Quote:
When using dimethylamine as a common acceptor, methyl sulfate is quite reactive compared with other methyl donors, surpassing the trimethylsulfonium ion by a factor of >100


Now that might just be for the amine group, but IIRC Nicodem used the trimethylsulfonium to alkylate a phenolic OH, so what would be the prospects of this working for that purpose? I do recall an old article (Lewis, et al, 1929 'Methylation of Phenol by Dimethyl Sulfate' Ind. Eng. Chem., 22(1) - attached) where they used various conditions, and with 1 mol of DMS and 2 of phenol, they got a 90% yield of anisole, which means the methyl sulfuric acid must be capable of methylating the phenolic OH.

Seems strange to me that their conditions required minimal water and this article is talking about running the reaction in water. Any advice? The half-ester would be considerably nicer to work with at home (much less mutagenic for a start and a one-step production procedure), although the longer reaction time would put most off. Anyone got any suggestions? Say, for the sake of argument, for Rasberry Ketone

[Edited on 15-6-2013 by aliced25]

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[*] posted on 21-6-2013 at 02:05


Unless one specifically needs dimethyl sulphate, and instead requires merely a means of methylation, I would suggest looking into the method of preparation of methyl bromide described here (http://www.orgsyn.org/orgsyn/pdfs/CV2P0279.pdf), in the notes section. I have successfully used this method, using 10% by weight of the amounts stipulated, to methylate a tertiary amine in acetone to give a quantitative yield of the ammonium bromide, upon thoroughly gassing until the presence of a white precipitate, then leaving the flask, stoppered, to age overnight, where I found a flask full of crystals the following day. I dried the gas over sodium hydroxide, due to the unavailability of potassium hydroxide, and it seems to have worked admirably. Being a gas, one may lead the excess safely outside with a length of pipe. The generation is easily controlled by the addition, or removal of a water bath, and the addition, or not, of further sulphuric acid/methanol mixture to the sodium bromide. I did this outside, in my shed, on ca. 10 gram scale. A rubber stopper that I was using has been blackened, but aside from that the experiment was uneventful. As regards disposal: I allowed the mixture to cool, added water, leaving it to dissolve the remaining solid (which increases in volume during the experiment, especially-so as the flask is heated to dryness) added a dash of sodium hydroxide to neutrality, and threw it on the dirt. It then began to rain, so I worried no more. I used a 500ml Buchner flask for the generation, 50ml H2SO4 etc. (as per instructions). I used a huge excess above the demand of my requirements, but the ingredients are cheap, and I wanted to make sure of success. If conducted again, I would use a series of Dreschel bottles to methylate different things, making full use of the gas, for which I have more uses than the air. I highly recommend doing this in a shed, rather than a house, lest anything unexpected happens - but it is a very easily controlled reaction, can be conducted cleanly, safely, and leads to very satisfactory, if not excellent results, and for practical pursuits, surely favourable to dimethyl sulphate for use, or for preparation. Given the boiling point of 3 C, it may be worthwhile to condense some, and store it in a propane cylinder, or similar.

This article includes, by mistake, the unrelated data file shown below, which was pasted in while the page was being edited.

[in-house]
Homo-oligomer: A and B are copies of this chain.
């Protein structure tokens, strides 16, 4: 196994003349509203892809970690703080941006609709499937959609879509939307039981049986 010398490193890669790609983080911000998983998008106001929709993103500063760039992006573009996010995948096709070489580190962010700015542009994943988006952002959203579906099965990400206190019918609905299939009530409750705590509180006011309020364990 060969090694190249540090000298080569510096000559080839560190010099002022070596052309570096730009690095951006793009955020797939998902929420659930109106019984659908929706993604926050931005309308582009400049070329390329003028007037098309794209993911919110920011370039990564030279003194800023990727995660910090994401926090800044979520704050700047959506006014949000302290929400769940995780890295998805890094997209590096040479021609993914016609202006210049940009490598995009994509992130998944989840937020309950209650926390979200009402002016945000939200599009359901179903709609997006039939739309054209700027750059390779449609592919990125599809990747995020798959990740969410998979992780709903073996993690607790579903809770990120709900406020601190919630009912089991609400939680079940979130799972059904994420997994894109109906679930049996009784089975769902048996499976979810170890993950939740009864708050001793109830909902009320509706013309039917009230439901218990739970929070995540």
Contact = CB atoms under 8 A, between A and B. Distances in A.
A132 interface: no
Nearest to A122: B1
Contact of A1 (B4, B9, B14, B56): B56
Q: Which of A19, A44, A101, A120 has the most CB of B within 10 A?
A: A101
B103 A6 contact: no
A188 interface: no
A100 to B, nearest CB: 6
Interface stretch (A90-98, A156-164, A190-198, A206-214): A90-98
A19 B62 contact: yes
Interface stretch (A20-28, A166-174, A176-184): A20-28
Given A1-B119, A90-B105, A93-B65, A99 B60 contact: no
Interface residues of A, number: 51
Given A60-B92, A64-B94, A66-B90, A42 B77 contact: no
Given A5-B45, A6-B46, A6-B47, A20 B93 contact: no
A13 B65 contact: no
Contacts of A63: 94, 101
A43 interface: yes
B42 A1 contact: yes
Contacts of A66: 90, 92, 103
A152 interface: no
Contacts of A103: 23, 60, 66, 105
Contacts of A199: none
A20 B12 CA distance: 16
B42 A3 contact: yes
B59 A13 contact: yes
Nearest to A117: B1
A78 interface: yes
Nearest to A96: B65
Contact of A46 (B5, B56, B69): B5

[Edited on 21-6-2013 by sonogashira]
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[*] posted on 22-6-2013 at 02:13


Quote: Originally posted by aliced25  
Now that might just be for the amine group, but IIRC Nicodem used the trimethylsulfonium to alkylate a phenolic OH, so what would be the prospects of this working for that purpose?

The use of methyl sulfates for the methylation of phenols has already been discussed at this forum and some references were given. There are discussions also about the use of ethyl sulfates - one recent thread even discusses the members experience in the N-ethylation of nitrite with an ethyl sulfate. The forum abounds in information about alkylations with alkyl sulfates.




…there is a human touch of the cultist “believer” in every theorist that he must struggle against as being unworthy of the scientist. Some of the greatest men of science have publicly repudiated a theory which earlier they hotly defended. In this lies their scientific temper, not in the scientific defense of the theory. - Weston La Barre (Ghost Dance, 1972)